This book looked really interesting and I have read good things about it so I decided to give it a go. It was an enjoyable read, although there are a few things in the book which irked me a bit. This book was originally released in the early 80’s and this is a re-release of it.
This story takes place in the post-Change world of the United States. The Change happened one day and suddenly all electricity/technology stopped working and magical creatures began roaming the earth. Humanity was left to survive in any manner possible in this post-apocalyptic type of world. Pete is living day to day when he stumbles upon a unicorn with a broken leg. He takes the time to fix her leg and dubs her Ariel. A year later Pete and Ariel are still traveling together; only someone is after Ariel’s power and Pete and Ariel only have one choice…to destroy the necromancer that wants to hold Ariel captive.
This book moves at a fairly brisk and kept my interest. The relationship Pete and Ariel have, as well as the relationship of other characters with their familiars, is very interesting and much of the story pays attention to this. I also found it interesting that there is so much focus on Pete struggling with keeping his virginity, if he loses it then him and Ariel can no longer be companions. Enter a young woman (Saughnessy) who tempts Pete more than she should.
While Pete and Ariel are very well-developed characters, the characters surrounding them could use some work. The evil necromancer is fairly faceless and we never get to learn his thoughts on anything. Even the young woman that travels with Pete is rather 2-dimensional; you never get to understand her or hear why she wants to travel with Pete or Ariel.
There is a lot of unfettered violence and a lot of action in this book. Those with a weak stomach might want to skip it; to be far I don’t think that the violence was made unreasonably gory…Boyett tries to stay true to what the resulting gore would actually be given that people’s limbs are removed with swords quite often. I enjoyed the inclusion of the Japanese mentality to fighting with all the samurai sword action, those scenes were a lot of fun.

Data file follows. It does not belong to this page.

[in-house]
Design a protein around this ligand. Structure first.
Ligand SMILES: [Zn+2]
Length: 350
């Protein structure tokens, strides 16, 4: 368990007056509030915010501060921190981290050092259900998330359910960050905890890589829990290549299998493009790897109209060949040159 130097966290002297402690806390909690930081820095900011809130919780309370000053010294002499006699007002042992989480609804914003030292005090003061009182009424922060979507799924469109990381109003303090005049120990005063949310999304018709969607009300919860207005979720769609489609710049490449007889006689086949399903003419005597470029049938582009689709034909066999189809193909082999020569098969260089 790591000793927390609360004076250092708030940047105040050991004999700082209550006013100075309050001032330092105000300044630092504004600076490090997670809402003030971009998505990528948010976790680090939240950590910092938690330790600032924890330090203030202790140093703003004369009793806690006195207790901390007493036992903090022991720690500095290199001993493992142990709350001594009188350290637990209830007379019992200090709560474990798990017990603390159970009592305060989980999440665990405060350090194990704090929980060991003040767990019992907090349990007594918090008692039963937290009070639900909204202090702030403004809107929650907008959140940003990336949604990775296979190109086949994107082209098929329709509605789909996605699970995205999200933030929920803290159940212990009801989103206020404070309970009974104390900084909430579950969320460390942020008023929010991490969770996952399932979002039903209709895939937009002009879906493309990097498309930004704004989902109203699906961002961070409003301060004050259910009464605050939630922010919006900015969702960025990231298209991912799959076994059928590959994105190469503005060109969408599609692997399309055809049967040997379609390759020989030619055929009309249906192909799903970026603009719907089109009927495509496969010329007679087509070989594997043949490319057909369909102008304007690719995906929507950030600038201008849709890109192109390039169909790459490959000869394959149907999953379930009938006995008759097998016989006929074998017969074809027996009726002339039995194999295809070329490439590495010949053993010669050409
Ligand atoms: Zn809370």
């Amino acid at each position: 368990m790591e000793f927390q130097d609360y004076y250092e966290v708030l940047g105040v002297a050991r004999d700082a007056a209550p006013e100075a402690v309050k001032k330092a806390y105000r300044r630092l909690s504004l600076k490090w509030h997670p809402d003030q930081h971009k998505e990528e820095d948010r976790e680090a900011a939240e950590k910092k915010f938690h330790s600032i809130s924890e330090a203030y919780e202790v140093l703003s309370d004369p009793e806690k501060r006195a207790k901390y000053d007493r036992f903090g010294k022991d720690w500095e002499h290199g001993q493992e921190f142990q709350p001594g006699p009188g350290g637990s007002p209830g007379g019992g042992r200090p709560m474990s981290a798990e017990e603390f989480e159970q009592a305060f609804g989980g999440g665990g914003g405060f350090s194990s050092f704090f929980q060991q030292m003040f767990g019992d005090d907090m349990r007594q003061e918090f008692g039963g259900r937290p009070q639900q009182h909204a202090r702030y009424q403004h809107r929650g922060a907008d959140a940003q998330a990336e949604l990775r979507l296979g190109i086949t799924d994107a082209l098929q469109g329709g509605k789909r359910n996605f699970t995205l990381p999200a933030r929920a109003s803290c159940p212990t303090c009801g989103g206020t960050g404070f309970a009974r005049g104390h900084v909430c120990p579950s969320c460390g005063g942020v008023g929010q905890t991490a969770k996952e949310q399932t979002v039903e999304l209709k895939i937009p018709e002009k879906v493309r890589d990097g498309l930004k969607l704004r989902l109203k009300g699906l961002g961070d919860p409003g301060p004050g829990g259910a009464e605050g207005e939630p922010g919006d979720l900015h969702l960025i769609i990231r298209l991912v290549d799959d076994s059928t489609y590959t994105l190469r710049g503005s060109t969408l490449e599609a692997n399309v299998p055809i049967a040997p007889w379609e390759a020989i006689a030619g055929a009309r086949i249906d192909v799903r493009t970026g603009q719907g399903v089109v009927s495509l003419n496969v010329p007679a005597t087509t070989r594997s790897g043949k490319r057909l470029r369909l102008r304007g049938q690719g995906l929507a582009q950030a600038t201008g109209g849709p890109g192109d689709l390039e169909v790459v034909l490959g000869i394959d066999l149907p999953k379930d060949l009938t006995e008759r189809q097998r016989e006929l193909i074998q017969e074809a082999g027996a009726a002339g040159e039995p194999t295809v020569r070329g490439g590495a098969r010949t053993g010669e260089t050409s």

The ending of the book left me disappointed. I thought the choices that Pete made were kind of sudden and un-called for; but I will not mention any more to prevent spoilers.
There were a few things that bothered me about this book. The first was Pete’s use of a blowgun to drop enemies immediately; it just isn’t very realistic. In the Afterward Boyett says that he now realizes this. The second thing that bothered me was the lack of people. Pete travels through vast quantities of land without barely seeing anyone, which could happen. But then he goes through big cities without seeing many people. I realize if electricity/technology stopped some people would be killed in car accidents, plane crashes, etc…but a vast majority of humanity would probably be okay. I am wondering were they all went. Also since it has been six years since the Change, wouldn’t you think humanity would be re-forming organizations and communities? There is a small community (300 people) talked about in New York, but other than that there doesn’t seem to be much organization at all. I just found these aspects to very unbelievable and this lowered my opinion of the story, because it was so fundamental to the story.
Overall I enjoyed the story. It is a bit long and some parts are hard to find believable, but it is well written with some awesome action scenes. Boyett’s idea of a post-apocalyptic world forced by a fundamental change in the laws of physics is interesting, but flawed at points. Will I be reading “Elergy Beach”, the sequel to Ariel? Probably not. I just didn’t love the world enough to continue reading about it.